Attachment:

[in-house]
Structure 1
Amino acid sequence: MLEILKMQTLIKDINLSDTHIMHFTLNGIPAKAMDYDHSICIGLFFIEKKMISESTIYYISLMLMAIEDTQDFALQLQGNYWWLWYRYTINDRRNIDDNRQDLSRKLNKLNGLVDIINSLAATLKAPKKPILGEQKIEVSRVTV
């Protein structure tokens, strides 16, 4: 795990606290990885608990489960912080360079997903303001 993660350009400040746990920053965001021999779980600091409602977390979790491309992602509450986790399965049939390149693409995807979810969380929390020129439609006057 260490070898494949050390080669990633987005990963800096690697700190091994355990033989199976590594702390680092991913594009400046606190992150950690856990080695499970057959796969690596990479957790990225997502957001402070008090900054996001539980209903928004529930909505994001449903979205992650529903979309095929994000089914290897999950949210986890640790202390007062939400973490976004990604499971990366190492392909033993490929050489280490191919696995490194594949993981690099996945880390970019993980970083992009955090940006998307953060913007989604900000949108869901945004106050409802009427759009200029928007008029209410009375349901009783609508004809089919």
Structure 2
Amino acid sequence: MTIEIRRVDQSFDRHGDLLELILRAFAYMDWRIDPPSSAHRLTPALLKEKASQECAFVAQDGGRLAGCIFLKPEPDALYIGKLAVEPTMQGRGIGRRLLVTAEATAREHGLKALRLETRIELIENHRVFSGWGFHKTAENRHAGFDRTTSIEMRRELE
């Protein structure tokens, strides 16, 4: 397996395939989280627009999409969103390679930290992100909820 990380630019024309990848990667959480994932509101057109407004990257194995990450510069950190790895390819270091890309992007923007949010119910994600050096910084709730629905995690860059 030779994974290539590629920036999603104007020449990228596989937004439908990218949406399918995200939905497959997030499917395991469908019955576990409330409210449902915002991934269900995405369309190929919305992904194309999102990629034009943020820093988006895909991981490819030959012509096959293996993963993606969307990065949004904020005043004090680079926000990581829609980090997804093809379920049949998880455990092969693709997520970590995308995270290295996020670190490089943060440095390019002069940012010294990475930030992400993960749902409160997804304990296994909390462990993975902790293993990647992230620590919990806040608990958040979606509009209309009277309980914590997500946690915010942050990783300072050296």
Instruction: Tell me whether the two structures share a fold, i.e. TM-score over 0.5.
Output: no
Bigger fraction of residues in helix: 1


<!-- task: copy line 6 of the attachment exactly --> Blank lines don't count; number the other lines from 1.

Amino acid sequence: MTIEIRRVDQSFDRHGDLLELILRAFAYMDWRIDPPSSAHRLTPALLKEKASQECAFVAQDGGRLAGCIFLKPEPDALYIGKLAVEPTMQGRGIGRRLLVTAEATAREHGLKALRLETRIELIENHRVFSGWGFHKTAENRHAGFDRTTSIEMRRELE